Tuesday, May 11, 2010

Bullet Points 2: The Quickening.

All right, gradually whittling down my To-Read pile, here's what I've been into of late:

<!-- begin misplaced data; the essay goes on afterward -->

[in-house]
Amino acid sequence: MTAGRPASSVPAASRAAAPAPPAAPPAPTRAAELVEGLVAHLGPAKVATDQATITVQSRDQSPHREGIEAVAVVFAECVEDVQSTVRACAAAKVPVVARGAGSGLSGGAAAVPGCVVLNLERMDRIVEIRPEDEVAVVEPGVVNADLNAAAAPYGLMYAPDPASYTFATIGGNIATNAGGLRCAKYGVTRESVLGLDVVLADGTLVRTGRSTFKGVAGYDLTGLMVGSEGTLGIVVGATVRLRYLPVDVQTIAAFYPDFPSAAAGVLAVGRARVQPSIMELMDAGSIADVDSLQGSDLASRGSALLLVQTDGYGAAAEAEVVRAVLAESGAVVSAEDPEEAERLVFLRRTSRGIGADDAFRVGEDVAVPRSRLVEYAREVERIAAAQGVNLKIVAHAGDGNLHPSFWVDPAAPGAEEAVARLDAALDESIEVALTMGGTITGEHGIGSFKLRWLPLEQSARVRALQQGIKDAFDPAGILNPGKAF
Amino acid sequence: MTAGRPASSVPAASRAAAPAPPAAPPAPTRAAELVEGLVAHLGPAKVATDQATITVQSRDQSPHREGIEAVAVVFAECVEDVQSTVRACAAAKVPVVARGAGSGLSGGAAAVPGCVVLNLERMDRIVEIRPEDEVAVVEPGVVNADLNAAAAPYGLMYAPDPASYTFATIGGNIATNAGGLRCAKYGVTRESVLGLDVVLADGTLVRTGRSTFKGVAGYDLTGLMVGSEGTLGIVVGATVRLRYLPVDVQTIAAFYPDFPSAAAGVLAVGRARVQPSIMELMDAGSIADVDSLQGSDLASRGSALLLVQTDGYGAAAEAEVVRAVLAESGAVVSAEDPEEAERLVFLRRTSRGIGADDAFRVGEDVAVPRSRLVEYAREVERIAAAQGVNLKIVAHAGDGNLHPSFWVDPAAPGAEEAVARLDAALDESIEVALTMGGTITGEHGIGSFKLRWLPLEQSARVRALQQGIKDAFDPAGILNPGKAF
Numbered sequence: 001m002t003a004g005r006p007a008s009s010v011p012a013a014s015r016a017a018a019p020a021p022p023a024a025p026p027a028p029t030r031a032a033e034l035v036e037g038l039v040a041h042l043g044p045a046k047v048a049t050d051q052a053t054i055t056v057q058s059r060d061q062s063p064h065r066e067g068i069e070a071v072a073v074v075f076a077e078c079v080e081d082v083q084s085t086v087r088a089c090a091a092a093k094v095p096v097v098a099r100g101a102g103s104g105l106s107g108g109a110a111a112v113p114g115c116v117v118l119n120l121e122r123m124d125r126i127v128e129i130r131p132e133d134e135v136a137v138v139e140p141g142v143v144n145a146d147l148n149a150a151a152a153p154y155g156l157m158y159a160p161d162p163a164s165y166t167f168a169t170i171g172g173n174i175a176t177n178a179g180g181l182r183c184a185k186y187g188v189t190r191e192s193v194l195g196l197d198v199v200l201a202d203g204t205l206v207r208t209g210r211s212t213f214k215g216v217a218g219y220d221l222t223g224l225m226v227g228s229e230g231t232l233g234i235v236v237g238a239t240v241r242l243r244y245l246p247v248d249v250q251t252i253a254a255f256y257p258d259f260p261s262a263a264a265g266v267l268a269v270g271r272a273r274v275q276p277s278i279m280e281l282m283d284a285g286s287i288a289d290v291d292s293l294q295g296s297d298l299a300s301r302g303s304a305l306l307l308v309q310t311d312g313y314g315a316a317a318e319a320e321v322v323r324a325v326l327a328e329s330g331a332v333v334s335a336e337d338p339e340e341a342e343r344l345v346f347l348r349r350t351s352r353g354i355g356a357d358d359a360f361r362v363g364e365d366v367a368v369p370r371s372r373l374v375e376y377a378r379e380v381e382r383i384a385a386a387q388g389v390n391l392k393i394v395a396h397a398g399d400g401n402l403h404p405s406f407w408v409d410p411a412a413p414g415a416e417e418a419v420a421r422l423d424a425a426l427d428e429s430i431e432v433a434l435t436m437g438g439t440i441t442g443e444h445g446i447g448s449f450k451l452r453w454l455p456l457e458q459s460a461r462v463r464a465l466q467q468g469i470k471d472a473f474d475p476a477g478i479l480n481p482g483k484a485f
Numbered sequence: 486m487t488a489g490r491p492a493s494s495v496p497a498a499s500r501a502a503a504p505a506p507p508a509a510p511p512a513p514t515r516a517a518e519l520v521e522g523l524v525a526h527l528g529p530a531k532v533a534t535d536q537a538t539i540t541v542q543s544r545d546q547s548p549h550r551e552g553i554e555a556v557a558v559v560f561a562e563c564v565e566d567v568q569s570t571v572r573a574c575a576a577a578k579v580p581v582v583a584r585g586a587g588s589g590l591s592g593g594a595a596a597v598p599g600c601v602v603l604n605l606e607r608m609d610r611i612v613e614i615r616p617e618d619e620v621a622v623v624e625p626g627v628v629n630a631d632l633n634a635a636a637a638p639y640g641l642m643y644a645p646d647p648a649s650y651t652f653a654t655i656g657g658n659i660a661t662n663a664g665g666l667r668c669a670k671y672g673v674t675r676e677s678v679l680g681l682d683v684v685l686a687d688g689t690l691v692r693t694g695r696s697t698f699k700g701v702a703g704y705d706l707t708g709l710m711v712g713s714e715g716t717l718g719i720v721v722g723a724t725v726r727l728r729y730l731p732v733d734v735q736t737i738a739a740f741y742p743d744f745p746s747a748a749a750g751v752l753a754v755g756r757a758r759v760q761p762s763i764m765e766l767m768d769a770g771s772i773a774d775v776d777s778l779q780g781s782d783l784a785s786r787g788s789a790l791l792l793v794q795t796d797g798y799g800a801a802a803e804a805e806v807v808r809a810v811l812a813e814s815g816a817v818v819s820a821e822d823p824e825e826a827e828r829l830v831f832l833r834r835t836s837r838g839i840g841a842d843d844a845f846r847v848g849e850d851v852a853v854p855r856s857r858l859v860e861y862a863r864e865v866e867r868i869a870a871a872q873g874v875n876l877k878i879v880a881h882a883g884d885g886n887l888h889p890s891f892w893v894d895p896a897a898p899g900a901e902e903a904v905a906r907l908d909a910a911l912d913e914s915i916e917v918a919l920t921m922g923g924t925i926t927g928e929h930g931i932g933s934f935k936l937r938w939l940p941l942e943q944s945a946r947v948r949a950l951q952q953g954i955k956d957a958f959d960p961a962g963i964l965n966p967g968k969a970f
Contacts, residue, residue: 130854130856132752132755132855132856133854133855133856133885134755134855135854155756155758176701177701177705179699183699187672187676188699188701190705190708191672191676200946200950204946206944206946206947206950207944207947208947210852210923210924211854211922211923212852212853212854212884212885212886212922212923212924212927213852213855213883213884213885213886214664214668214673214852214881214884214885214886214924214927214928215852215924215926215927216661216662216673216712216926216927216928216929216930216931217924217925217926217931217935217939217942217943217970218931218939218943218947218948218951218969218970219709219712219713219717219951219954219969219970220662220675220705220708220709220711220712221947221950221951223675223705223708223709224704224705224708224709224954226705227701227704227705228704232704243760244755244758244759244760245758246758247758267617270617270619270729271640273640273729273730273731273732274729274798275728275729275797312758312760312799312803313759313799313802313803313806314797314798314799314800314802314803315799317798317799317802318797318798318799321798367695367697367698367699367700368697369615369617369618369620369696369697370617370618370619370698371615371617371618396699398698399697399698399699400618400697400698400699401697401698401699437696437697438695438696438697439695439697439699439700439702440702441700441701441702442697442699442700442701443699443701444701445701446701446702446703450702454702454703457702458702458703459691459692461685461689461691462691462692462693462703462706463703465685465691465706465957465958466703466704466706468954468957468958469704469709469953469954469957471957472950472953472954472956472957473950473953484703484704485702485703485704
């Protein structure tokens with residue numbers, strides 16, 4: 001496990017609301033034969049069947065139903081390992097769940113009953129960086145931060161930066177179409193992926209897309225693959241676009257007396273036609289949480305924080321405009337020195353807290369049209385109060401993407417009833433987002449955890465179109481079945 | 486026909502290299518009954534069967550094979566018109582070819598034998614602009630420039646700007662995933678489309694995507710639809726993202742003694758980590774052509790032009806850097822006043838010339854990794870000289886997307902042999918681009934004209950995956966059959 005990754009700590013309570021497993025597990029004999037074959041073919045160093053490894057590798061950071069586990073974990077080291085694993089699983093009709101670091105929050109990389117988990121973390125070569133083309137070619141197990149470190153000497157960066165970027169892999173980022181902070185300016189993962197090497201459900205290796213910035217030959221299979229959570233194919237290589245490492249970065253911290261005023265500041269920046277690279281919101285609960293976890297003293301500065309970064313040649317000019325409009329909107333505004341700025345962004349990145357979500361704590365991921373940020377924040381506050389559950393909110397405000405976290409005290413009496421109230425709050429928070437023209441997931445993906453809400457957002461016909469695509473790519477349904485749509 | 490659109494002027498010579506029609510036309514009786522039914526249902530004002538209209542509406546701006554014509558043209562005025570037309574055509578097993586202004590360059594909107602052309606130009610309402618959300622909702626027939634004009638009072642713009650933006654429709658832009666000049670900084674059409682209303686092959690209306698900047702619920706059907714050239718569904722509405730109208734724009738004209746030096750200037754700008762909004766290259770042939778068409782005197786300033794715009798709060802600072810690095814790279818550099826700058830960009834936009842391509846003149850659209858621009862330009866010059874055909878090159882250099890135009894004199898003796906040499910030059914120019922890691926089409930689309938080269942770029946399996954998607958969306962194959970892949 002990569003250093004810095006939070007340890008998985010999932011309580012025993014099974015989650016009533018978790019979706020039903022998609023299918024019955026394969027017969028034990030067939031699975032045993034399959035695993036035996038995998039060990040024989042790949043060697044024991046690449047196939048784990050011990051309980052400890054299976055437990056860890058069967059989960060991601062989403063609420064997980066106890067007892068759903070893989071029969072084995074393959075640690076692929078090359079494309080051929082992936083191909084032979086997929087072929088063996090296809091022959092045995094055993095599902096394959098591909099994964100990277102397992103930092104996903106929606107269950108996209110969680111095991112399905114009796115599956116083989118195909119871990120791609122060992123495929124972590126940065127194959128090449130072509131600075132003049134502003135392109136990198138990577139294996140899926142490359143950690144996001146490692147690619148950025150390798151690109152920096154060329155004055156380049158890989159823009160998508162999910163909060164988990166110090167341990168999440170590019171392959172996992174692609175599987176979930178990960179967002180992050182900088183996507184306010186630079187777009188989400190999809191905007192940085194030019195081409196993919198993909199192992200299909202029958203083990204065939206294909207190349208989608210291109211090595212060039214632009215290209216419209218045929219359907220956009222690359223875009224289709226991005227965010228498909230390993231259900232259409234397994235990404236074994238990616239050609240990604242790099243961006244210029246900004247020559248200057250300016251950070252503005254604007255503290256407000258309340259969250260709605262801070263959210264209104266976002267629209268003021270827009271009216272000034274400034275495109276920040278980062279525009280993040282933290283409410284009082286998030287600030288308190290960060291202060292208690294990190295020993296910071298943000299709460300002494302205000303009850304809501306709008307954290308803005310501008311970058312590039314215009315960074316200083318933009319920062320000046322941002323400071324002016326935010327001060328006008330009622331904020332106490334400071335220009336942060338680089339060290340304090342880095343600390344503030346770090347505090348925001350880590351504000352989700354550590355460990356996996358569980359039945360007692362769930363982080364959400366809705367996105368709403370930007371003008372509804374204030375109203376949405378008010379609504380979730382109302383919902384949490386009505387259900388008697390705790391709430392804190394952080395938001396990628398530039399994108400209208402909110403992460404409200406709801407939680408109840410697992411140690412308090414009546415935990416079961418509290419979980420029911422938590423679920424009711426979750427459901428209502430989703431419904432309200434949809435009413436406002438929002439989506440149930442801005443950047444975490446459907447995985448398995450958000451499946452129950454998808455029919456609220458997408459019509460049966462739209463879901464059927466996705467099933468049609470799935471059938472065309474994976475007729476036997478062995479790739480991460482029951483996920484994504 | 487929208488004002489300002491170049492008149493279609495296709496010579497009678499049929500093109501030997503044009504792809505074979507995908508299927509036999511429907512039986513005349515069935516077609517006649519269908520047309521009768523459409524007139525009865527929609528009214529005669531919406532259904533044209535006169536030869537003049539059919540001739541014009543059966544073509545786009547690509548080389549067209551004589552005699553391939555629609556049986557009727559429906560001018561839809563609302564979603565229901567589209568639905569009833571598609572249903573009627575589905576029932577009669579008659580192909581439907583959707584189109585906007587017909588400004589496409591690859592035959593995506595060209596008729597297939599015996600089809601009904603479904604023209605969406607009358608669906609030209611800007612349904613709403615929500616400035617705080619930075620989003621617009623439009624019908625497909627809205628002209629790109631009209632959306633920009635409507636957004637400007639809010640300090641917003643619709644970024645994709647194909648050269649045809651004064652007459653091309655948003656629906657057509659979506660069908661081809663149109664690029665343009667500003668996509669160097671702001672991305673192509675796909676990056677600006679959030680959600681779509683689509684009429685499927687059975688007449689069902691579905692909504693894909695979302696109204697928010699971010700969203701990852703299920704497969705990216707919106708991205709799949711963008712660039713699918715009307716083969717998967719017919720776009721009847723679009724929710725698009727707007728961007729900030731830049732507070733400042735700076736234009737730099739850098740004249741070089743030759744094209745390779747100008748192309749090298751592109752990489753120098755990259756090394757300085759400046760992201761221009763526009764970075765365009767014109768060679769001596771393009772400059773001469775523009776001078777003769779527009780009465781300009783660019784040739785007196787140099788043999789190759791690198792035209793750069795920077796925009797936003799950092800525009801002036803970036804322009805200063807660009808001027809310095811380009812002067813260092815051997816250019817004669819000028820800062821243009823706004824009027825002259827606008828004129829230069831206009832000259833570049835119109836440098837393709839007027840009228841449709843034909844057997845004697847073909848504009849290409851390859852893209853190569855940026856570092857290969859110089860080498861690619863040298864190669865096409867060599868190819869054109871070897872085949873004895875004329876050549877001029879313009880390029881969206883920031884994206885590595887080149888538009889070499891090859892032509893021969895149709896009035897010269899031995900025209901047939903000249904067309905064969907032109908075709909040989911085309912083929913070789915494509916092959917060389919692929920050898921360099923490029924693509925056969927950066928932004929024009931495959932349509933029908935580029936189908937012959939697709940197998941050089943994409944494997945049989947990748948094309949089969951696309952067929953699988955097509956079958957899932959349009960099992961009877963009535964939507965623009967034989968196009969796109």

-BATMAN AND ROBIN #11: Up until Grant Morrison began his mad little romp with Dick Grayson as Batman and Bruce Wayne's illegitimate son Damian Wayne as Robin, I'd largely given up on the Batman books. I'm sure they were entertaining, but the depiction of Batman as Batgod over the years had worn down my enthusiasm for the character's comicbook adventures. Yes, I'm aware that Batman is a grim avenger out to get justice from the criminal element for the death of his parents and their deaths haunt him and he must walk alone without emotional ties a man of strengthblahblahblahblahBLAH. The apathy reached it's apex with the release of Christopher Nolan's THE DARK KNIGHT which (hold on, put the pitchforks and torches down) while an amazing film and a powerful emotional study of both a man and city on the brink, wasn't really a lot of what I'd call fun. There's a reason I gravitate more toward the depiction of Batman in series like Batman: The Brave and the Bold these days: I'm tired of the sturm und drang when it comes to superheroes. What's wrong with good triumphing over evil while having a little fun in the process? That I think is what Grant Morrison gets. While sometimes he can wander far, far off the beaten path while on his peyote-induced visionquests dictated to him by the Lord High Space Coyote, when he's on the ball (and on his meds) Morrison gets superheroes. He knows that their adventures are larger than life, often almost but not quite silly, and that the primary mandate should be entertainment. His portrayal of Dick Grayson, the former high-flying boy wonder and longtime hero in his own right stepping into the role of the Dark Knight and honoring his mentor while still being his own man is entertaining, and it's just logical. Dick as Batman works, and I don't want him sent back to the second tier when Bruce Wayne returns. Damian Wayne is a little bastard, an arrogant little punk who I initially felt deserved a good smack to the mouth, but over the course of this series he's grown on me, and I like the interplay between the more laid back, slightly jocular Batman and his grim, ass-kicking, all-business Robin. Alfred is more than a mere gentleman's gentleman here; he's the anchor, doing his best to be a father figure to both heirs to the legacy. The book has three stars really, but BATMAN AND ROBIN AND ALFRED doesn't really have the same panache. This issue kicks off The Return of Bruce Wayne arc, and with the aid of masked detective Sexton Blake (whom Damian finds a little. . .familiar), the clues left by the time-lost Bruce Wayne are beginning to be unearthed. Also, a long-lost member of the Wayne family is set to make his own comeback, and he's not a very nice man at all. As I said, when Morrison is on point he knows how to bring the thunder, and the issue crackles with an enthusiasm that can't be denied. Andy Clarke's work on pencils is very good, a nice mix of the initial Quitely style with a hint of Aparo. I hope he's on board for the long haul. An entertaining book that I initally gravitated toward because of two words (flying batmobile), Batman and Robin is easily one of the few reasons I return to DC month after month. Oh, and what's better than a flying batmobile? A flying batmobile piloted by Alfred. Check it out.